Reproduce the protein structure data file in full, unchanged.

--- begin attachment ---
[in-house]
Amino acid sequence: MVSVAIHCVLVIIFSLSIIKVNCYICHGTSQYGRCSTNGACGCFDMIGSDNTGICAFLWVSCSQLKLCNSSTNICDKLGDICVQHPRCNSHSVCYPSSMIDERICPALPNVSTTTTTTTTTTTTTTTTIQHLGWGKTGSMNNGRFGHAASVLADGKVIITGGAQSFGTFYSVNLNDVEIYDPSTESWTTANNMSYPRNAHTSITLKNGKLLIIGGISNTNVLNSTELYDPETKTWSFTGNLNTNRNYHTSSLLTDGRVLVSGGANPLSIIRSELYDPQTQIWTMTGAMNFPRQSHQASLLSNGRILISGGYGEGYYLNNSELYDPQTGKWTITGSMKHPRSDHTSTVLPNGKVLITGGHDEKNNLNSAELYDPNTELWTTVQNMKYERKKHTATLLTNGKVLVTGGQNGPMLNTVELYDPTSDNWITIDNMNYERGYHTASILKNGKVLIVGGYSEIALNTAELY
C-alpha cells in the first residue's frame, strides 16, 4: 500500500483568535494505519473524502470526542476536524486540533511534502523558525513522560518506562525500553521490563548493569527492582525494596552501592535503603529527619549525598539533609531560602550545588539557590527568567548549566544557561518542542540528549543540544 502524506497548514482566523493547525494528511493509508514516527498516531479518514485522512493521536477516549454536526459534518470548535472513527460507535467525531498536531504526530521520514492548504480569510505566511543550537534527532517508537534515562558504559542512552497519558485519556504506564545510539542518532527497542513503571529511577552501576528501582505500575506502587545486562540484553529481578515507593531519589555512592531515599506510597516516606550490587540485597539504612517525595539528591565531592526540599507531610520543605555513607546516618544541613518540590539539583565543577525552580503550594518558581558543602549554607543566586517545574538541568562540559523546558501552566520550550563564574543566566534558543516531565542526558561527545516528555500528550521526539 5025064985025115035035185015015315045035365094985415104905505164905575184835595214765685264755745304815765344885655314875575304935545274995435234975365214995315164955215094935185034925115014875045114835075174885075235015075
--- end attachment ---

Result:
[in-house]
Amino acid sequence: MVSVAIHCVLVIIFSLSIIKVNCYICHGTSQYGRCSTNGACGCFDMIGSDNTGICAFLWVSCSQLKLCNSSTNICDKLGDICVQHPRCNSHSVCYPSSMIDERICPALPNVSTTTTTTTTTTTTTTTTIQHLGWGKTGSMNNGRFGHAASVLADGKVIITGGAQSFGTFYSVNLNDVEIYDPSTESWTTANNMSYPRNAHTSITLKNGKLLIIGGISNTNVLNSTELYDPETKTWSFTGNLNTNRNYHTSSLLTDGRVLVSGGANPLSIIRSELYDPQTQIWTMTGAMNFPRQSHQASLLSNGRILISGGYGEGYYLNNSELYDPQTGKWTITGSMKHPRSDHTSTVLPNGKVLITGGHDEKNNLNSAELYDPNTELWTTVQNMKYERKKHTATLLTNGKVLVTGGQNGPMLNTVELYDPTSDNWITIDNMNYERGYHTASILKNGKVLIVGGYSEIALNTAELY
C-alpha cells in the first residue's frame, strides 16, 4: 500500500483568535494505519473524502470526542476536524486540533511534502523558525513522560518506562525500553521490563548493569527492582525494596552501592535503603529527619549525598539533609531560602550545588539557590527568567548549566544557561518542542540528549543540544 502524506497548514482566523493547525494528511493509508514516527498516531479518514485522512493521536477516549454536526459534518470548535472513527460507535467525531498536531504526530521520514492548504480569510505566511543550537534527532517508537534515562558504559542512552497519558485519556504506564545510539542518532527497542513503571529511577552501576528501582505500575506502587545486562540484553529481578515507593531519589555512592531515599506510597516516606550490587540485597539504612517525595539528591565531592526540599507531610520543605555513607546516618544541613518540590539539583565543577525552580503550594518558581558543602549554607543566586517545574538541568562540559523546558501552566520550550563564574543566566534558543516531565542526558561527545516528555500528550521526539 5025064985025115035035185015015315045035365094985415104905505164905575184835595214765685264755745304815765344885655314875575304935545274995435234975365214995315164955215094935185034925115014875045114835075174885075235015075